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“Hail Mary, full of grace…”
The whizz-crack! of bullets pierced the stillness of the summer morning, mowing down soldiers in their wake. Cries of fear and pain rent the air, rivaled only by the distant sound of cannon fire and the thunder of a thousand boots tramping across the field. My horse whinnied plaintively, frightened by the sudden turmoil of battle. It took everything I had to keep my chin up, to keep my gaze focused on the cloud of dirt that hid my enemy.
“…the Lord is with thee…”
I gritted my teeth and tightened my grip on the reins. I had to ignore him. I had to, or I would surely break.
“…blessed art Thou—”
“Steady, man,” I finally said. I glanced over to see that the soldier at the very end of my line held a rosary between his trembling fingers. I didn’t recognize him; he had only recently been transferred to my unit. His face was blotchy and pale, reinforcing the abject terror which lit his eyes and set his hands to shaking. I looked away quickly, hoping that he might be quiet long enough for us to be blown to pieces.
“My father was a pastor, sir.”
His voice was almost lost in the commotion around us. Still, I heard him, and I couldn’t help but crack a wan smile.
“Pray to your God, then – maybe He can get you out of this mess.”
“Excuse me, sir?”
I turned my face so that he could see the awful scar that stretched from my chin to my forehead. It was puckered and red, still scabbed over where the saber had dug deep into my skin. I grinned. The other men under my command had learned not to stare at the wound; even now, I could sense them automatically looking away. Him, though… he missed a step in shock, practically tripping over his rifle while he struggled to recover himself.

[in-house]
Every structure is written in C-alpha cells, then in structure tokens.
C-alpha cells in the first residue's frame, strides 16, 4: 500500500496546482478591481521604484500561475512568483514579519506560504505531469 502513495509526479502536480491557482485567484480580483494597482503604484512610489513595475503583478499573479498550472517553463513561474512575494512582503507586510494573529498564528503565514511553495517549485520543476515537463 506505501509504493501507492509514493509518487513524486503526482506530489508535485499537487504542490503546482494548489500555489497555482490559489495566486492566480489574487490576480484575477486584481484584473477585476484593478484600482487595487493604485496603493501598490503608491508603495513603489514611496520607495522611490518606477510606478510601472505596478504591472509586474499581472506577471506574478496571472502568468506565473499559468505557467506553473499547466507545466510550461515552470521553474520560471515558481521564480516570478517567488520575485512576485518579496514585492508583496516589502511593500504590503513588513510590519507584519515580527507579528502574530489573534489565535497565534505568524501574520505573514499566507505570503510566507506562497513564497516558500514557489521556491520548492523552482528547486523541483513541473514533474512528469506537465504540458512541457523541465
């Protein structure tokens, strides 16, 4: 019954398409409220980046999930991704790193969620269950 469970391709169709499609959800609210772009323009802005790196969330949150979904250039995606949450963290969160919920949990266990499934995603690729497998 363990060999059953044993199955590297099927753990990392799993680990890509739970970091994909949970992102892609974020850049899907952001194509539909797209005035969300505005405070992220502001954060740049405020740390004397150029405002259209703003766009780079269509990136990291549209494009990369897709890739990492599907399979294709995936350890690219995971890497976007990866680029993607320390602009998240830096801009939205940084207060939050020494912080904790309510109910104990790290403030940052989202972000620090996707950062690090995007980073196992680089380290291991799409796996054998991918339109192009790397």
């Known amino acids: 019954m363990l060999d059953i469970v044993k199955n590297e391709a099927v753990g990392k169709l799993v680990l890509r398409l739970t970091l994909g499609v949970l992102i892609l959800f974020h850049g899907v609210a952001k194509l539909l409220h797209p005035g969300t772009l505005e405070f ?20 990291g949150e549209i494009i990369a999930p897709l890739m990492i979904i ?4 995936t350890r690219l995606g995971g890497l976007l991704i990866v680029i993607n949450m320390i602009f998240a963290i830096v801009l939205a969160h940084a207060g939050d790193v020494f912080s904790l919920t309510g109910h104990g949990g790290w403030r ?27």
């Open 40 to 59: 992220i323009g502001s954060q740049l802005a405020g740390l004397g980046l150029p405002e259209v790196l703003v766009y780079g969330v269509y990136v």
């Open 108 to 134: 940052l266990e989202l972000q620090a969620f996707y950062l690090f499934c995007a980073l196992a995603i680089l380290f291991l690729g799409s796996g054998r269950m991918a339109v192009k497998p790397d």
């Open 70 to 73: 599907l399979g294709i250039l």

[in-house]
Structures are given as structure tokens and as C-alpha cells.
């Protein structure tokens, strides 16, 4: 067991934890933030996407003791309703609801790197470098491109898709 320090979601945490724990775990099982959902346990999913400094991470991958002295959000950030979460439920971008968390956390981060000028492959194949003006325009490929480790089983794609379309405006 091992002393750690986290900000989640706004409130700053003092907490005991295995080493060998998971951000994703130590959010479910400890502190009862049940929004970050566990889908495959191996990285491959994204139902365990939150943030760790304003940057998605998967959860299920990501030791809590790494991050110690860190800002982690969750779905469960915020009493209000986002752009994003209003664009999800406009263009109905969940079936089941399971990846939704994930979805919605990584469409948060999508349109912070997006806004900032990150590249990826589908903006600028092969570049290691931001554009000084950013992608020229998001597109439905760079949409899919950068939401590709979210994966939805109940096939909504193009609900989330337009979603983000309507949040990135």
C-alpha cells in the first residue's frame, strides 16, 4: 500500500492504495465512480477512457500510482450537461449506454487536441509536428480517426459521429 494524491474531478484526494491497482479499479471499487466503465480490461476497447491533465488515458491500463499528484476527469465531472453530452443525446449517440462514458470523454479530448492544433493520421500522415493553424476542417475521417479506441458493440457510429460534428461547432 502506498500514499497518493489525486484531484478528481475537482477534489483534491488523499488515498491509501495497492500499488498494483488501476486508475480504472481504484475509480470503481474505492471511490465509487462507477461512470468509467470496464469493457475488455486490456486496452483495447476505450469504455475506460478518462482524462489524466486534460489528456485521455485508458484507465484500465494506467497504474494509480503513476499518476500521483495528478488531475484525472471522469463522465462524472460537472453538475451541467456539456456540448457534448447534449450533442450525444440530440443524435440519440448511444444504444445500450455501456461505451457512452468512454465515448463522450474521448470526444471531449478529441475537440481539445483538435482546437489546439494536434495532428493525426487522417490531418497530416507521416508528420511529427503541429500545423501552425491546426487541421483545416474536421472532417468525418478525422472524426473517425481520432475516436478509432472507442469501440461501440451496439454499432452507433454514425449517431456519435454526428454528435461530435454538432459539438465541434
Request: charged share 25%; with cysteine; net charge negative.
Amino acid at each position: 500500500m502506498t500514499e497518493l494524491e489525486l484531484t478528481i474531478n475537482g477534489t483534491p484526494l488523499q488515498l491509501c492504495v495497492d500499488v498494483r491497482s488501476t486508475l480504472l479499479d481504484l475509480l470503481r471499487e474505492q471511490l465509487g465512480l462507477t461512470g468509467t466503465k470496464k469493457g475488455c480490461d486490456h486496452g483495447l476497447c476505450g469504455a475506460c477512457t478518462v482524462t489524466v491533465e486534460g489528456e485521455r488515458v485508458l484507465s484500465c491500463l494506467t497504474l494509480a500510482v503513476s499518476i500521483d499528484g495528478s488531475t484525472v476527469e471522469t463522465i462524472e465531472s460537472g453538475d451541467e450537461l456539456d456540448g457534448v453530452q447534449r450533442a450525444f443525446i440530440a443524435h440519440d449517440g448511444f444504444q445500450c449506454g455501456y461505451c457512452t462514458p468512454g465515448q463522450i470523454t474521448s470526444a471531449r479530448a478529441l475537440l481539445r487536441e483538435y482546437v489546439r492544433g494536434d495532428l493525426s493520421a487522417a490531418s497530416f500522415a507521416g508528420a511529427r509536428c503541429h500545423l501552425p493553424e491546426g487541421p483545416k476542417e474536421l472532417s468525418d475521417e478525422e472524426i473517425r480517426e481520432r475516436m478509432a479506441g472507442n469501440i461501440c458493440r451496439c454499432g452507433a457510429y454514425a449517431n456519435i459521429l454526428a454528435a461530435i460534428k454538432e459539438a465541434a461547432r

“You could say that I’ve given up on Him since last we spoke.”
Not a moment later, the faint sound of a bugle drifted across the field. I stiffened, drew my horse to a halt, and quickly drew the sword hanging at my side.
“Steady – steady!” I yelled, breaking from my place in the line and riding up and down the ranks. I was thankful that I could not see their expressions; I didn’t think that I would have been able to deal with their frightened faces, their haunted eyes. “Prepare to fire!”
Rifles were raised and powder poured. A cannon ball crashed into our left flank, sending dirt and bodies flying. The rebels finally came into sight; I raised my sword, pointed to them, and recoiled as a bullet lodged itself in my shoulder. I hissed, gritted my teeth, and reined in my horse before it could bolt.
I will never know who issued the order in my stead. The men listened, and the world around me exploded with smoke and musket-flash. I ran my horse down the line, barking commands as I worked to tie a tourniquet above my wound. The men held their ranks as the rebels began to charge, loading, firing, loading, firing…
As I turned again to charge down the line once more, my horse took a bullet to the knee and I was thrown. The battle fell into chaos when the two armies finally met. Bayonets danced in the grim half-light, claiming more lives than bullets alone could have. I was still on the ground, struggling to my feet, when something cold pierced my ribs. My vision swam; I was vaguely aware of something warm soaking into my coat, spreading out across my skin…
“Holy Mary, mother of God…”
I glanced up from where I knelt, eyes searching blindly until they rested on the broken body of the pastor’s son. There was blood everywhere; I could smell it, feel it beneath me as the world began to fade.
“Pray for us sinners…”
He, too, was wounded. I tried to lift my hand to reach out to him, but found that it would not move. The pain in my chest and the throb of the bullet in my shoulder slowly lost all meaning to me. I just wanted to close my eyes and drift away, to surrender to the darkness at the edges of my sight.
Strong hands grasped my shoulders and hauled me up. My head lolled to the side, but someone forced it back so that I looked into their eyes. I couldn’t recognize him, could no longer remember if I should recognize him. He looked angry; I wanted to tell him that everything was ok now.
“Captain Wiggin?” He shook his head and pulled me closer, eyes wild as he fumbled with the regimented buttons which hid the gaping wound between my ribs. “Don’t die on me, man. Please, God, don’t die…!”
I didn’t understand why he was so worried. God, all I wanted to do was sleep. I wanted the noise to go away and I wanted my head to stop hurting, but sleep would have sufficed in the others’ stead.
“P-pray for us sinners, now… a-and at the hour of our death.”
Wearily, I closed my eyes.